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December 28, 1984 - Image 16

Resource type:
Text
Publication:
The Detroit Jewish News, 1984-12-28

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16 Friday, December 28, 1984 THE DETROIT JEWISH NEWS

Continued from preceding page

veteran at viewing the horrors
of mass starvation, his impres-
sions were raw, his descriptions
vivid:
"There are rows and rows of
people... tens of thousands of
them...mostly mothers and
children just lined up in the dirt.
The children just sit there. Po-
litely. Flies cover them. Occa-
sionally a kid cries... Stretchers
of the 'living dead' are spread
outside the hospital tent. The
hospital has given them up for
dead. They're left there, waiting
to die, with their feet and hands
still twitching..."
Some camps have been sup-
plied with gigantic tents sent by
the East Germans. But not all
the tens of thousands in Korem,
Batti, Mali or the other large
camps can be sheltered in the
tents, which house 1,400 people
each. Korem, alone, has 40,000
people. Some people huddle in
dugouts in the earth. Authori-
ties try to shelter the sick; the
so-called "healthy people" —
they are just starving to death
— must often live in the open.
There is only 1 doctor per 15,000
people, despite the fact that dis-
ease is rampant.
"It would look like a set for a
disaster movie," Ackerman
said, "except for the smell;
that's indescribable."
About 7.7 million of Ethio-
pia's estimated 42 million peo-
ple are being directly affected by
the famine. Relief agencies pro-
ject that as many as 900,000
people may have died from star-
vation by the end of the month,
even if all of the relief pledged
thus far arrives on schedule.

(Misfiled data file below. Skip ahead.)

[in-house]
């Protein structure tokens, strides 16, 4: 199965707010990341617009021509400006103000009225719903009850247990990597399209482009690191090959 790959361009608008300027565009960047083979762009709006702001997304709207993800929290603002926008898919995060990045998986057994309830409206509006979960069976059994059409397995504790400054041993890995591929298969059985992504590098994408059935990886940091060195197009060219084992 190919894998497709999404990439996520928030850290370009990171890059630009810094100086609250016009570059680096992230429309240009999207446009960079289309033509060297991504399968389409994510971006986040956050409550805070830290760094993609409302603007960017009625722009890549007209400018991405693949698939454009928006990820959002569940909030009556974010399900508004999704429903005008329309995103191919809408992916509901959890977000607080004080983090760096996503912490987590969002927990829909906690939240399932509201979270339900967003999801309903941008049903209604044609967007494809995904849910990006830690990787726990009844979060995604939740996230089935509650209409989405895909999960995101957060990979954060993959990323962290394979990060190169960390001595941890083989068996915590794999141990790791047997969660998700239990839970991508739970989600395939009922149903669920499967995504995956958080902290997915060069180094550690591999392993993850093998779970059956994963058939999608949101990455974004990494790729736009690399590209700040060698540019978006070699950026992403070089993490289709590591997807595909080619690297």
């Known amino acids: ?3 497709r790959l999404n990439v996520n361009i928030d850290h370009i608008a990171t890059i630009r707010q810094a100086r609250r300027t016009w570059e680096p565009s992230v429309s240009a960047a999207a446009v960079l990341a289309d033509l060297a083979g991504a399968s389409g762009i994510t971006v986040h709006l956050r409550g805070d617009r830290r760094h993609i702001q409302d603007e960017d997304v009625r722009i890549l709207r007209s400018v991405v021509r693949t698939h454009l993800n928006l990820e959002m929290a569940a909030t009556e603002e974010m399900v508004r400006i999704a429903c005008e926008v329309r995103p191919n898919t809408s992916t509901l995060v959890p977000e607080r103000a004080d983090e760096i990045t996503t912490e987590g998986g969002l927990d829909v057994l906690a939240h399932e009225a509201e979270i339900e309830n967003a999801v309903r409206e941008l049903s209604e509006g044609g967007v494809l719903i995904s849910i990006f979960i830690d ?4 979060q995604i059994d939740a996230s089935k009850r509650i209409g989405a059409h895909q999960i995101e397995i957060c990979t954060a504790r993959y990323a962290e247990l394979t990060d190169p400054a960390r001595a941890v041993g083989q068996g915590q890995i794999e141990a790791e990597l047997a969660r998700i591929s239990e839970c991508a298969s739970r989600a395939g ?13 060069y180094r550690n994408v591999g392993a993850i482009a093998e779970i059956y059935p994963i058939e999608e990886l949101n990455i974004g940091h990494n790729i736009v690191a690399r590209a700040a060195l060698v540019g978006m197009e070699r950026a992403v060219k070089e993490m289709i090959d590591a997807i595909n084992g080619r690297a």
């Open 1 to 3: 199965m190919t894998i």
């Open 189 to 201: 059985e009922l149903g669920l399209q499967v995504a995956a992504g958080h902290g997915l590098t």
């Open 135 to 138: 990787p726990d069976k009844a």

There are conflicting reports
over the amount of food that has
arrived and been unloaded and
distributed, but diplomats and
relief workers we interviewed
from the Catholic Relief Service
and Save the Children said that
all available supplies had been
unloaded there and that there is
a "vacuum" of pledged aid ar-
riving now. About 100,000 tons
of food are expected to be deliv-
ered in each of the next two
months. The "food deficit" is at
crisis point until mid-January
they said.
President Reagan's recent
pledge of an additional 100,000
metric tons of grain for drought-
ridden Africa, including Ethio-
pia, will take time to deliver,
perhaps as much as three months,
even though there have been
some diversions of grain ships
enroute elsewhere.
The U.S. Congress will not be
constituted to appropriate fur-
ther disaster relief funds before,
at the earliest, the third week of
January, and that projection
presupposes giving Ethiopian

Religious News Service

Famine victims in Mekele, Ethiopia wait stoically outside
a relief center. Seven million Ethiopians are
affected by drought and famine.

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